Laminate worktops are extremely easy to maintain. The plastic coating creates a barrier from germs and bacteria, as well as scratches and cracks. You don’t have to worry that your kitchen habits will harm the material.

Heat and water is where you want to be extra careful. Always use a protective mat whenever you have to place hot dishes on the surface and don’t delay in cleaning spillages.

Tips for Cleaning

Resort to a mild detergent and water or get a cleaner that is specifically formulated for laminate surfaces. Either should work. Just don’t let it get soaking and religiously wipe dry with a towel once you are finished.


  • Affordable (£40 per linear metre)
  • Stain resistant
  • Not susceptible to scratches and cracks
  • Hygienic
  • Different looks available
  • Easy to cut and fit


  • Not durable
  • Prone to delamination and burns
  • Difficult to repair

Stainless Steel Kitchen Worktop

Stainless steel is an incredible material for the home and office, reason being it’s highly durable and long-lasting. It does have drawbacks but the benefits outweigh the flaws.

Usage and Best Location

Being non-porous, stainless steel worktops are amazingly good at keeping bacteria and germs off provided that you disinfect them before and after use. This means they are ideal for prepping and cooking food. You can do it right on the counter without having to worry about hygiene. However, refrain from chopping food directly on the surface or it will develop tonnes of scratches.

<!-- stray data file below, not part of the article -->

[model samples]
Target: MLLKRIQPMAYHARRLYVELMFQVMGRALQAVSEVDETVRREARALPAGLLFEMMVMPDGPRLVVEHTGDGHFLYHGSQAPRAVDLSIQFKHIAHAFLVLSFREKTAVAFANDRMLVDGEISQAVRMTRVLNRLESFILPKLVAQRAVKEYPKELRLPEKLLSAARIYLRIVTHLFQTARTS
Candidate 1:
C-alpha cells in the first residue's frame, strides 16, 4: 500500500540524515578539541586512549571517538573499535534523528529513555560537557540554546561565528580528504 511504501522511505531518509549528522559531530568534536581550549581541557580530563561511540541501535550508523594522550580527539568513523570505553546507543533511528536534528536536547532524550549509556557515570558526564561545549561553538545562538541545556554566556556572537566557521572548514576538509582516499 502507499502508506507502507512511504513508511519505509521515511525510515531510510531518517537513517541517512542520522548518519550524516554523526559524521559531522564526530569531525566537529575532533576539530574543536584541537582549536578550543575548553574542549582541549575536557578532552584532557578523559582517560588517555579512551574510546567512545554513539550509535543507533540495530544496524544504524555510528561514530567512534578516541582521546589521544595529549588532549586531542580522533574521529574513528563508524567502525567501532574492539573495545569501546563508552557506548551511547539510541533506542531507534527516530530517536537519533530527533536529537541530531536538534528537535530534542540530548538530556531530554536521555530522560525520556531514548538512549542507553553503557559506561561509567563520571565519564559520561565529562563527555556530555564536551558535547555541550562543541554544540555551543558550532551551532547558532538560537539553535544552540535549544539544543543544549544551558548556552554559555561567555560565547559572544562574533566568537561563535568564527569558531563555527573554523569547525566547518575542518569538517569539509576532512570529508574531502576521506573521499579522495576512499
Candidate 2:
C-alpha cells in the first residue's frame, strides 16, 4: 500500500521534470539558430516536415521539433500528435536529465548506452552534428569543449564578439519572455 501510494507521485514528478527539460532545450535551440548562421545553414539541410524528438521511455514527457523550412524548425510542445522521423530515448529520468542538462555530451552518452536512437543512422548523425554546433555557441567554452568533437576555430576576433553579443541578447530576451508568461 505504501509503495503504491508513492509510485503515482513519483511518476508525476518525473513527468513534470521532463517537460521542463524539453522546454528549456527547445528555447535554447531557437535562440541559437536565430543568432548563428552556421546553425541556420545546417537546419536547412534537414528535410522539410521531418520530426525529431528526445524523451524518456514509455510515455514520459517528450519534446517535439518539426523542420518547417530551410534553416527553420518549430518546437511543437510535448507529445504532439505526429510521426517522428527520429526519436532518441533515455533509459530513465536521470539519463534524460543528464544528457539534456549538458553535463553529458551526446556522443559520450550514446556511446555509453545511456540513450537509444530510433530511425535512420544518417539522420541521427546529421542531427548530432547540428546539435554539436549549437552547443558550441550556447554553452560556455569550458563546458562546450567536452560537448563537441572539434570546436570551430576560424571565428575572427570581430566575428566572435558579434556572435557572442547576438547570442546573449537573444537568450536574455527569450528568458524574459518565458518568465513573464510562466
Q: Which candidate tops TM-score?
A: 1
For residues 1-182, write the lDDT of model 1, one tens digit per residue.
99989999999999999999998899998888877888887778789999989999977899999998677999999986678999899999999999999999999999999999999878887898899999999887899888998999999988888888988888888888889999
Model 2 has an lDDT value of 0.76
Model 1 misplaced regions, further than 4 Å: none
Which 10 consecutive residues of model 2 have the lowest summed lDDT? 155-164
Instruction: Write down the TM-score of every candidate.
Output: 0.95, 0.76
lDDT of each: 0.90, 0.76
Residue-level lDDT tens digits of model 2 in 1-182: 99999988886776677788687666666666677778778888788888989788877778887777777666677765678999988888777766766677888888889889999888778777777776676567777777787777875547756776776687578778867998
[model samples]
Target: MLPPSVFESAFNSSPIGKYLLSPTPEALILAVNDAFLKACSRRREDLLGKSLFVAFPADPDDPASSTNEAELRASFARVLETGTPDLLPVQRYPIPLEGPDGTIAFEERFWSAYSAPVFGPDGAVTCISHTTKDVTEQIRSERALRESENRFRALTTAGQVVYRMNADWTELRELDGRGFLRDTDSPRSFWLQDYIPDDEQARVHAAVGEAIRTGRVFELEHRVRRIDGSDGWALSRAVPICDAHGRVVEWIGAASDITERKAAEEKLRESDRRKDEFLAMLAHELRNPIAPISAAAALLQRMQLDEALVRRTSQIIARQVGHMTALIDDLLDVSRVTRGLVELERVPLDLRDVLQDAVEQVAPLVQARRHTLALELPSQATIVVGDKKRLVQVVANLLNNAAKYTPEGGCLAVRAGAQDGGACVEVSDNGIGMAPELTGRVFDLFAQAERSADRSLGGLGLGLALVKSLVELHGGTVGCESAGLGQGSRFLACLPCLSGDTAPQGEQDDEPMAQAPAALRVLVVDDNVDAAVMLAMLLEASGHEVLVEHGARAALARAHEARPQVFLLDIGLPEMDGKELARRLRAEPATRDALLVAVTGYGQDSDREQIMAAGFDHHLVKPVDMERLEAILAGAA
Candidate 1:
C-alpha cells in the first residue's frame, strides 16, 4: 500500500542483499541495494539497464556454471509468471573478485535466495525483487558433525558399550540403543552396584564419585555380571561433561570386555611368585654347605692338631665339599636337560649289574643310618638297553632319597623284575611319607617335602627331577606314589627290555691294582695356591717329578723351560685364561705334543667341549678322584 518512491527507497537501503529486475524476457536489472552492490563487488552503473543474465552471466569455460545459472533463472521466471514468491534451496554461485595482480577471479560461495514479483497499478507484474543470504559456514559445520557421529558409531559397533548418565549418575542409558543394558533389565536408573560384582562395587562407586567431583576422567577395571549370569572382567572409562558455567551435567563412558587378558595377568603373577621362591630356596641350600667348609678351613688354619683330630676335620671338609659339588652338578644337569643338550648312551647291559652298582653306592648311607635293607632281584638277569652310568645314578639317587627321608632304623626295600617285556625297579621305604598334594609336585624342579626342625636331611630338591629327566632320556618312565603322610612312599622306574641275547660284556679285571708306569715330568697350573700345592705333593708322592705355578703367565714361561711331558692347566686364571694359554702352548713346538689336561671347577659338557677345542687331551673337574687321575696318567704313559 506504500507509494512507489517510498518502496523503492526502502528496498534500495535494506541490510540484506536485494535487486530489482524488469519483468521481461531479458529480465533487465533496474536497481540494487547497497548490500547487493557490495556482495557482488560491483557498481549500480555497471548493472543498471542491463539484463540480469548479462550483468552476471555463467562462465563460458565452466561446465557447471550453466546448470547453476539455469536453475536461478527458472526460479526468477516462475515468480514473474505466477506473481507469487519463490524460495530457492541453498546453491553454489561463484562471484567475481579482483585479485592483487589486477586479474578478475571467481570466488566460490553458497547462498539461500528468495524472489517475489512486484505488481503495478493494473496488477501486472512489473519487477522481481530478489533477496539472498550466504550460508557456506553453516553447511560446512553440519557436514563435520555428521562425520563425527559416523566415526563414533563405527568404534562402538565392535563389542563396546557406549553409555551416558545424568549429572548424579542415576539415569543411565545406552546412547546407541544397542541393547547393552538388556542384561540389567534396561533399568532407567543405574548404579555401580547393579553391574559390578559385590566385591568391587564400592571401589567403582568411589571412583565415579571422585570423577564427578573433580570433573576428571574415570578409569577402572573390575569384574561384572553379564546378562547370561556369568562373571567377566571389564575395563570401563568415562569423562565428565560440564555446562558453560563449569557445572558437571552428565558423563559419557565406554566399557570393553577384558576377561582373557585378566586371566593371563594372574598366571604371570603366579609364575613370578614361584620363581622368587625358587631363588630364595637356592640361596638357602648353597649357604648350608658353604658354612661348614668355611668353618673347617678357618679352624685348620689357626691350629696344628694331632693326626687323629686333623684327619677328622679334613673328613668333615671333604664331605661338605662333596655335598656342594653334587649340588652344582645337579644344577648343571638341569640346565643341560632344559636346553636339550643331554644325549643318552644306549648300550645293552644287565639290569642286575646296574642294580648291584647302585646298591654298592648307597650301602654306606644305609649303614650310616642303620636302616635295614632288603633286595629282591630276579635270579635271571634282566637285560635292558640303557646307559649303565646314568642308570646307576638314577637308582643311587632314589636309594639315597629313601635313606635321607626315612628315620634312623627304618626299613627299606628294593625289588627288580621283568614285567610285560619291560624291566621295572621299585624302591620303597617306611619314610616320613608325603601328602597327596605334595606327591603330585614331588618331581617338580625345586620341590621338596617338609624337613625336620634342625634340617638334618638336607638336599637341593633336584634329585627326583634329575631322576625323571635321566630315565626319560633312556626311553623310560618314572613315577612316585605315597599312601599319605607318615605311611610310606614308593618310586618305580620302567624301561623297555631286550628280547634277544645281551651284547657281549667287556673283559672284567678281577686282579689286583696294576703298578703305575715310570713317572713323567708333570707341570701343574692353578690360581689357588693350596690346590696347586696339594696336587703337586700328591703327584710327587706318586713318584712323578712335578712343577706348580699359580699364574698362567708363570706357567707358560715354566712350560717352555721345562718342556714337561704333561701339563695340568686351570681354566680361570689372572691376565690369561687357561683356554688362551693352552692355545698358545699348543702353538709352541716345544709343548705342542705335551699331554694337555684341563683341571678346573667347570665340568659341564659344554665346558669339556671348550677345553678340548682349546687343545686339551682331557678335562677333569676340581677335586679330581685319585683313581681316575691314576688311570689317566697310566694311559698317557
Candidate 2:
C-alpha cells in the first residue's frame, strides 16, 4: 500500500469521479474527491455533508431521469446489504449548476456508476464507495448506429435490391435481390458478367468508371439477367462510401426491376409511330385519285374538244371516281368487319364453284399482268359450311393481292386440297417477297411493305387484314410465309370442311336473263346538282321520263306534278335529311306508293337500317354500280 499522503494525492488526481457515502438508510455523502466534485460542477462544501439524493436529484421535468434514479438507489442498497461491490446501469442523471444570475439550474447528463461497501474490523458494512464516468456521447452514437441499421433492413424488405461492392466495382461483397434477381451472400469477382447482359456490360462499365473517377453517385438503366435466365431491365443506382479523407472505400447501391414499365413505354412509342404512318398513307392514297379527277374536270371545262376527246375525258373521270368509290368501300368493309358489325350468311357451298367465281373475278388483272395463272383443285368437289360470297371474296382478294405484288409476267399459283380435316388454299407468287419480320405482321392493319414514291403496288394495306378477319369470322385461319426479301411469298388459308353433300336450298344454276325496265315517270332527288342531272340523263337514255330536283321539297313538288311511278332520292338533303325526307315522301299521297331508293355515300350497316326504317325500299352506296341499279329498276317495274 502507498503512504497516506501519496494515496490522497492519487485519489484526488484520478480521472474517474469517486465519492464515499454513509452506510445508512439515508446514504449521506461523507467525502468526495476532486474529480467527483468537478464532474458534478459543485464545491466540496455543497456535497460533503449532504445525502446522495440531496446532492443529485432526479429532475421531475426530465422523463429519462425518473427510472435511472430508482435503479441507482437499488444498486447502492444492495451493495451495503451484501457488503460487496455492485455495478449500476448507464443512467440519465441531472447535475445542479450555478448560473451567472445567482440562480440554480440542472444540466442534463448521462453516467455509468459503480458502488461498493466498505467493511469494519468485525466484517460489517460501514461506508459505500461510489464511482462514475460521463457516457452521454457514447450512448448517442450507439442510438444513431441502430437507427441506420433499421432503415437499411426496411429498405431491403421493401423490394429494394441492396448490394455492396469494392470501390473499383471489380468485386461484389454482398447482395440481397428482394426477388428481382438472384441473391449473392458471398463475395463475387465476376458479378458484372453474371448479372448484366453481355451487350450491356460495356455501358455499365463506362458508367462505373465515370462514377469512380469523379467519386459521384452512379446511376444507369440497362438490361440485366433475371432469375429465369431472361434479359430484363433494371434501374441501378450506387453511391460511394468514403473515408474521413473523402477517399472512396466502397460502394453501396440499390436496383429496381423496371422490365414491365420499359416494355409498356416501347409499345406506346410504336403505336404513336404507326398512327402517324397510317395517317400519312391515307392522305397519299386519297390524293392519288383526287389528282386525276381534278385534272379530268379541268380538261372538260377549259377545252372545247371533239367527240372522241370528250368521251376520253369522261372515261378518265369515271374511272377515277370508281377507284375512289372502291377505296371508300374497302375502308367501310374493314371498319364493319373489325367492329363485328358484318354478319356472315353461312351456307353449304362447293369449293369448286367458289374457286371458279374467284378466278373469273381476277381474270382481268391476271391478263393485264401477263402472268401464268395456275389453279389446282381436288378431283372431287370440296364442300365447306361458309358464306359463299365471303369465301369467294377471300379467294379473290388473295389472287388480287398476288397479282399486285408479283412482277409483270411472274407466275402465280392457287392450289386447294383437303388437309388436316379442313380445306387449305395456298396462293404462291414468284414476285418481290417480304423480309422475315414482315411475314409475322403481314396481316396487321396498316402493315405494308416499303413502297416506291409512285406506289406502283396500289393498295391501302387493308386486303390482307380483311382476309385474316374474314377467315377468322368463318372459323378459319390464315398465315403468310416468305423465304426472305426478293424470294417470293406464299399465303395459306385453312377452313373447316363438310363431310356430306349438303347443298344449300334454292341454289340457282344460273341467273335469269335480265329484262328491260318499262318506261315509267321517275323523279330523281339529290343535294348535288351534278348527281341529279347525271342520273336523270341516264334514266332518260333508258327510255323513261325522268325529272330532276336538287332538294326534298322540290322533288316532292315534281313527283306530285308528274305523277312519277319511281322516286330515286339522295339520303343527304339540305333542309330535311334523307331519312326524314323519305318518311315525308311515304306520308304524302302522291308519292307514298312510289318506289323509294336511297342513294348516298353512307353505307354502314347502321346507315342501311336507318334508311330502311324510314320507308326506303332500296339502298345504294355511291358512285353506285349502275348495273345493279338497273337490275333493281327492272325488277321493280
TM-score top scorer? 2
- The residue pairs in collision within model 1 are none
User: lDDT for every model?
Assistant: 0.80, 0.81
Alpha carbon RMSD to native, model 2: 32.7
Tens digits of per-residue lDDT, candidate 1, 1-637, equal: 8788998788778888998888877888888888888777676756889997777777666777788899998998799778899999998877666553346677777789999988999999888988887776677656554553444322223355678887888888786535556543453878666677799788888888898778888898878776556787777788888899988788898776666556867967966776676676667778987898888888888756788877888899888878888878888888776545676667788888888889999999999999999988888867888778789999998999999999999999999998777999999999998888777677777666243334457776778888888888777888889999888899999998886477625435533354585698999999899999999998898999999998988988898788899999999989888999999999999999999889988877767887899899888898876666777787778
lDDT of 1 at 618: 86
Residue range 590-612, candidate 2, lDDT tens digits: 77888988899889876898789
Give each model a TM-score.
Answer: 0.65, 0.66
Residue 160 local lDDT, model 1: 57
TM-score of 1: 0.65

A highly annoying characteristic of stainless steel is that it shows smudge marks and fingerprints. The market provides several products that will help you keep the surface free of gunk. No sealing is needed but you have to be careful not to move anything across the surface because it will leave scratches.

The good news is that stainless steel does develop a patina with time, so it will be more difficult to scratch. However, any previous damage that has been done will still show. So as long as you don’t mind an imperfection or two, it will be all right.

Tips for Cleaning

Do not employ anything abrasive to clean kitchen worktops. Choose a mild sponge or cloth and use the soft side to get the job done. Regular soap and water will work like a charm but if you want a more professional feel, get your hands on a special stainless steel cleaner.


  • Non-porous
  • Resilient and durable
  • Resistant to heat and water
  • Not stain resistant


  • Lots of fingerprints
  • Prone to scratches
  • Noisy

Final Thoughts on Types of Kitchen Worktops

There are loads of types of kitchen worktops, from modern to classic, high maintenance versus little maintenance, expensive versus affordable. They come in a wide variety of styles, colours, and designs, so it’s absolutely possible to find the perfect materials for your dream kitchen.

Keep in mind that the notion of best kitchen worktop varies slightly from household to household because everyone has different needs and goals. What is good for some may be useless for others. So, hopefully, the detailed info in this post has helped you figure out the exact surface you want for your cooking area. Good luck!